Pantheons of Chthon


deity alignment domains symbol info
Lakhre N Death, Grave A glyph of a skull with closed eyes God of Death and chief god of the mortal races. (they/them)
Somt CN War, Knowledge, Blood A ruby crown God of Dynasty. (he/she)
Flint NG Forge, Light, Arcane, Knowledge A simple flint hammer God of Forgework and Craft. (he/she/they)
Astin CN Trickery, Tempest An upside-down goblet God of Wine, Jesters, Music, and Tumult. (he/him)
Caliban LN Arcane, Nature, Tempest A pair of red-gold eyes God of Storm and Justice. (she/her)
Scytha CG Grave, Nature, Light A golden scythe God of Bread and Harvest. (she/they)
Jurr NG Light, Life, Tempest A lighthouse God of Paths and Homesteads. (he/they)
Oblis LG Life, Arcane, Blood, Knowledge A lock God of Knowledge and Bond. (they/them)
Heem N Blood, Death, Knowledge A vial of liquid God of Medicine and History. (they/them)
Urlun NG Arcane, Knowledge, Trickery A magic wand God of Magic and Poetry. (they/them)

The gods of Chthon are considered to have once been mortal beings who walked on the ground of the planet. They did not create it but were its first people, and grew to possess powers far above most mortals. Ascension to godhood is possible for all on Chthon, according to this traditional faith, but it only happens after death, and it is never, ever in your hands. Across Chthon, people deify the dead, and who becomes a minor god depends on the local culture. Large empires deify kings, while small rural villages will deify elders.

The traditional worship of Chthon resembles Hindu worship; gods are fed and dressed and treated as honored guests. The forms of the gods vary by household, as there is no consensus on which race each god was. Minor gods rarely have icons, but do have local shrines. Gods are invoked often and with joy, and worship is rarely a solemn event.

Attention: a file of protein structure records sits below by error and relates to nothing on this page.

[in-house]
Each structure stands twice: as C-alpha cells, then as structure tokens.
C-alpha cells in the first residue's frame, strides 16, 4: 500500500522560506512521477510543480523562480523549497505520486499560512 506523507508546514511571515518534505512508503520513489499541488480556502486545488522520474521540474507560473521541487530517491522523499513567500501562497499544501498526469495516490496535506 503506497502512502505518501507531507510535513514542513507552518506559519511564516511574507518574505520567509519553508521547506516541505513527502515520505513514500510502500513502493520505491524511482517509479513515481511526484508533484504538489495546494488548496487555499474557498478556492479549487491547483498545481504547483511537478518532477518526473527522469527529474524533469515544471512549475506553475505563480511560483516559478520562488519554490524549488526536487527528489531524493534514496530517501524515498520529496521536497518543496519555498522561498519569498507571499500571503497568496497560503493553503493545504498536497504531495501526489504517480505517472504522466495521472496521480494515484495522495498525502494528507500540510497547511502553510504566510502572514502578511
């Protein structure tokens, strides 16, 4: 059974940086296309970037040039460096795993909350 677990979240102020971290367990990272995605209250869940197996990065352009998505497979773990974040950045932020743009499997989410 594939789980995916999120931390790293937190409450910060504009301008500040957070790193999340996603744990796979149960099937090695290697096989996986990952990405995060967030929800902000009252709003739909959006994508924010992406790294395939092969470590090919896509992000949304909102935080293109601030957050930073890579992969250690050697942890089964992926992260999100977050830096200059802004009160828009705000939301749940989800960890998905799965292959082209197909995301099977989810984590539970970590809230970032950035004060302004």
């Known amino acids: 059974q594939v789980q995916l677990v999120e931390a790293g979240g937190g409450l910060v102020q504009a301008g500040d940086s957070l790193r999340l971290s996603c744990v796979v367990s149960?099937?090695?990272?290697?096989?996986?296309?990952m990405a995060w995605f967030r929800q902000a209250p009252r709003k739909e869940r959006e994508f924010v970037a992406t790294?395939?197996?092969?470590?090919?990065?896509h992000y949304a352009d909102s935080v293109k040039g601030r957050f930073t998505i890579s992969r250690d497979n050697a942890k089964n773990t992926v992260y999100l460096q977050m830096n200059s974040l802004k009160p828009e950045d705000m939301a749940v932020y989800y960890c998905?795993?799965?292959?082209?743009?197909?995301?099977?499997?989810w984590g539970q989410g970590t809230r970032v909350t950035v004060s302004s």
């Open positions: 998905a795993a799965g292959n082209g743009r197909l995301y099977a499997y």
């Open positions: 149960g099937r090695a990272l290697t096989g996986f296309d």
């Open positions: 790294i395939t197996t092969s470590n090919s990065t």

deity alignment domains symbol info
Lorne N Blood, Life NONE God of Eternity.
Minon CN Trickery, War A snarling mouth God of Pleasure and Fear.
Hart N Blood, Nature The ears of a rabbit God of the Eaten.
K'liss CN Tempest, War A glowing sword God of Wind and Fire.
Na-maat N Knowledge, Arcane A scroll God of Spellcraft.
Quob LN Life, Trickery A faerie hill God of Court and Hill.
Vaha CN Tempest, Nature A stormcloud God of Weather and Ecstacy.

The pantheon of the feyborn is infinitely large, and depending on who you ask may contain thousands of archfey and faerie lords. These are the most common fey gods, and of these, only Lorne is a main god, the others being minor deities. Any of the minor deities also can serve as Archfey warlock patrons. For feyborn, the difference between a cleric or paladin and a warlock is the relationship with the god. Faerie tend to be transactional, but those with a taste of the mortal plane sometimes crave a more devotional relationship.

Worship of the fey pantheon is strange to the mortal races -- they do not feed their gods, and tend to treat them more formally. Many choose not to have relationships with the gods at all, which is unthinkable for much of Chthon. The feyborn invoke their gods at important events, similarly to the mortal races of Chthon, but are altogether more distant.

Pantheons & Planes by O. Captain


deity alignment domains symbol info
Lorlis NG Blood, Life, Light NONE Chief god of Chthon, god of eternal life and prosperity.
Somt-qu CN War, Knowledge, Blood, Life A ruby crown God of Dynasty and Obligation. (he/she)
Flint NG Forge, Light, Arcane, Knowledge A simple flint hammer God of Forgework and Craft. (he/she/they)